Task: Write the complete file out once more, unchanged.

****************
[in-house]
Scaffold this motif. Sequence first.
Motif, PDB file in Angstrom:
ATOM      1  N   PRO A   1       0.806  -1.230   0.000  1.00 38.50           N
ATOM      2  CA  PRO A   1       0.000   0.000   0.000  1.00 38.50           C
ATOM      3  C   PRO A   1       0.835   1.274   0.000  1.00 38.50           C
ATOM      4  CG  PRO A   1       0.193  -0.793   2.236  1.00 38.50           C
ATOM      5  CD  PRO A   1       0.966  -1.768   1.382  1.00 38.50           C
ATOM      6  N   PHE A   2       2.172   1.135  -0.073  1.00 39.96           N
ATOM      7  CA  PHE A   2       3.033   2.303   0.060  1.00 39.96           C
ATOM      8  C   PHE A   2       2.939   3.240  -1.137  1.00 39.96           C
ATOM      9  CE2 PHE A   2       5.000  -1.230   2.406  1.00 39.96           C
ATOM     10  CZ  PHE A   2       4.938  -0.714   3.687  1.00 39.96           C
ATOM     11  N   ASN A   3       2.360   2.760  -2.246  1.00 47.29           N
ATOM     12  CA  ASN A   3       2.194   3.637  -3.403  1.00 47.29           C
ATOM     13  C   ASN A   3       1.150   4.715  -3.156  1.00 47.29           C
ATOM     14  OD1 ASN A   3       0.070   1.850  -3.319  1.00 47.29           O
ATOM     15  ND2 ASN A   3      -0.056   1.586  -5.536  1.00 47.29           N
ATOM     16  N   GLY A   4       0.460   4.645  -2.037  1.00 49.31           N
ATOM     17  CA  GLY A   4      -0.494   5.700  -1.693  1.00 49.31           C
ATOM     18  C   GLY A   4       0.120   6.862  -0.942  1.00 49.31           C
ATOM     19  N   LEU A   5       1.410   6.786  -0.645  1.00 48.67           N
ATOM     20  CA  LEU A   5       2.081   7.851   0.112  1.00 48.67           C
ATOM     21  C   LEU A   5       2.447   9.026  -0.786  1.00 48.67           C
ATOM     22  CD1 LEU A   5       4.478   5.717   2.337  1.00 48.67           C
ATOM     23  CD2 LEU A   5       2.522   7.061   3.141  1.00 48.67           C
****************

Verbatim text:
[in-house]
Scaffold this motif. Sequence first.
Motif, PDB file in Angstrom:
ATOM      1  N   PRO A   1       0.806  -1.230   0.000  1.00 38.50           N
ATOM      2  CA  PRO A   1       0.000   0.000   0.000  1.00 38.50           C
ATOM      3  C   PRO A   1       0.835   1.274   0.000  1.00 38.50           C
ATOM      4  CG  PRO A   1       0.193  -0.793   2.236  1.00 38.50           C
ATOM      5  CD  PRO A   1       0.966  -1.768   1.382  1.00 38.50           C
ATOM      6  N   PHE A   2       2.172   1.135  -0.073  1.00 39.96           N
ATOM      7  CA  PHE A   2       3.033   2.303   0.060  1.00 39.96           C
ATOM      8  C   PHE A   2       2.939   3.240  -1.137  1.00 39.96           C
ATOM      9  CE2 PHE A   2       5.000  -1.230   2.406  1.00 39.96           C
ATOM     10  CZ  PHE A   2       4.938  -0.714   3.687  1.00 39.96           C
ATOM     11  N   ASN A   3       2.360   2.760  -2.246  1.00 47.29           N
ATOM     12  CA  ASN A   3       2.194   3.637  -3.403  1.00 47.29           C
ATOM     13  C   ASN A   3       1.150   4.715  -3.156  1.00 47.29           C
ATOM     14  OD1 ASN A   3       0.070   1.850  -3.319  1.00 47.29           O
ATOM     15  ND2 ASN A   3      -0.056   1.586  -5.536  1.00 47.29           N
ATOM     16  N   GLY A   4       0.460   4.645  -2.037  1.00 49.31           N
ATOM     17  CA  GLY A   4      -0.494   5.700  -1.693  1.00 49.31           C
ATOM     18  C   GLY A   4       0.120   6.862  -0.942  1.00 49.31           C
ATOM     19  N   LEU A   5       1.410   6.786  -0.645  1.00 48.67           N
ATOM     20  CA  LEU A   5       2.081   7.851   0.112  1.00 48.67           C
ATOM     21  C   LEU A   5       2.447   9.026  -0.786  1.00 48.67           C
ATOM     22  CD1 LEU A   5       4.478   5.717   2.337  1.00 48.67           C
ATOM     23  CD2 LEU A   5       2.522   7.061   3.141  1.00 48.67           C